Statement 29: Twice-daily, standard dose PPI therapy may be used
for patients who have severe esophagitis (LA Grade C or D, or
stricture) (Level I, B; vote: a 96%, b 4%).
There are few data documenting an increase in healing or
symptom relief for double-dose PPI therapy compared with
standard dose therapy (Table 3) in patients with typical GERD
(118,119); however, reports that, for example, double dose
pantoprazole (80 mg) was comparable with single dose panto-
prazole (40 mg) have not generally been powered to detect dif-
ferences of less than 10% between treatment arms (117).
Similarly, symptom response rates at one week for patients
with uninvestigated dyspepsia, including heartburn-dominant
symptoms, were comparable for esomeprazole 40 mg once daily
and esomeprazole 40 mg twice daily (58). Half dose PPI therapy
(eg, esomeprazole 20 mg, lansoprazole 15 mg, omeprazole
10 mg, pantoprazole 20 mg or rabeprazole 10 mg daily) is less
effective than standard dose therapy for acute treatment in
erosive esophagitis and ENRD (32,114,120-122) and is not
generally recommended for initial therapy.
Conversely, doubling the dose of a PPI reduced esophageal
acid exposure in patients in whom single dose therapy was
not adequate (100,123). In patients with complicated or
atypical GERD, esophageal acid exposure was normalized in
all patients with lansoprazole but, of those, 35% required a
double daily dose (60 mg) (100). In a similar study, persist-
ently abnormal reflux at esophageal pH monitoring was seen
in 29% of patients receiving lansoprazole 30 mg once daily
and 68% of those receiving omeprazole 20 mg once daily, but
was normalized in all patients after doubling the respective
PPI doses (123). Data from pH studies support splitting the
double dose and administering it twice daily, before breakfast
and supper, rather than once daily (124-126). There is little
clinical evidence to support the use of double dose or twice-
daily PPI therapy for initial therapy (58). However, several
trials have shown that a proportion of patients who had not
responded to standard dose PPI therapy experienced symptom
relief with double dose PPI or a longer duration of therapy
Twice daily, standard dose, PPI therapy is used in patients
with NCCP or extraesophageal manifestations of GERD but
these data were not reviewed formally by the Consensus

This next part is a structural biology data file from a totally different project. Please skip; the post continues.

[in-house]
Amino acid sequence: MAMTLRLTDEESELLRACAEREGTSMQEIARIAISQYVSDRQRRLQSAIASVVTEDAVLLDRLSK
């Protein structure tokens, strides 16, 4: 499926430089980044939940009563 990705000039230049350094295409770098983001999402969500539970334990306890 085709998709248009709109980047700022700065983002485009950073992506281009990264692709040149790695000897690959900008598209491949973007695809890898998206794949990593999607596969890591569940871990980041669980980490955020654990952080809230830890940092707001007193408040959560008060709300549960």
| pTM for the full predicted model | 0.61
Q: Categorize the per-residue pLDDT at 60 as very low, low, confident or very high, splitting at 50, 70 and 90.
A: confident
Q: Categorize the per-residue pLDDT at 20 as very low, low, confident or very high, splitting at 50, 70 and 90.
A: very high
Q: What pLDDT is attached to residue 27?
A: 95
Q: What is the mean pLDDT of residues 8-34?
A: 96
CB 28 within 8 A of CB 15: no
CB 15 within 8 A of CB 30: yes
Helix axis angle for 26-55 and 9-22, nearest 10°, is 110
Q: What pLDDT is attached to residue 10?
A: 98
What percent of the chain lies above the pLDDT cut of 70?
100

Statement 30*: Prokinetic or promotility agents are not recom-
mended, either alone or in conjunction with antisecretory agents, for
the routine initial treatment of GERD (Level II-1, C; vote: a 95%,
A systematic review considered cisapride to be effective for
mild-to-moderate GERD in adults (128) but not for GERD in
children (129). As empirical therapy for GERD, cisapride was
not superior to placebo, and for ENRD, PPIs were superior to
cisapride (130). However, concerns about the methodological
quality and publication bias have been raised (79,129), and
cisapride is no longer generally available. Domperidone pro-
duced little or no symptomatic improvement compared with
placebo (131-133); in small studies, metoclopramide was more
effective than placebo (134) but less effective than ranitidine
Armstrong et al
Can J Gastroenterol Vol 19 No 1 January 200522
There are very few data on the efficacy of supplementary
prokinetics in conjunction with PPI therapy; the addition of
cisapride to standard dose PPI therapy did not result in signifi-
cant increases in healing rates or symptom relief after either
four or eight weeks of treatment (137,138), and the combina-
tion of domperidone plus ranitidine showed no benefit over
ranitidine alone (139). Omeprazole is twice as effective as the
combination of ranitidine plus metoclopramide or ranitidine
alone for symptom improvement and healing (140-142), with
no significant differences between ranitidine and the combina-
tion group (140). In addition, metoclopramide is associated
with substantial side effects compared with standard antisecre-
tory therapy, which limits its use (140,142-144).
Statement 31*: ‘Continuous’ medical maintenance therapy is
defined as the daily intake of a medication for an indefinite period to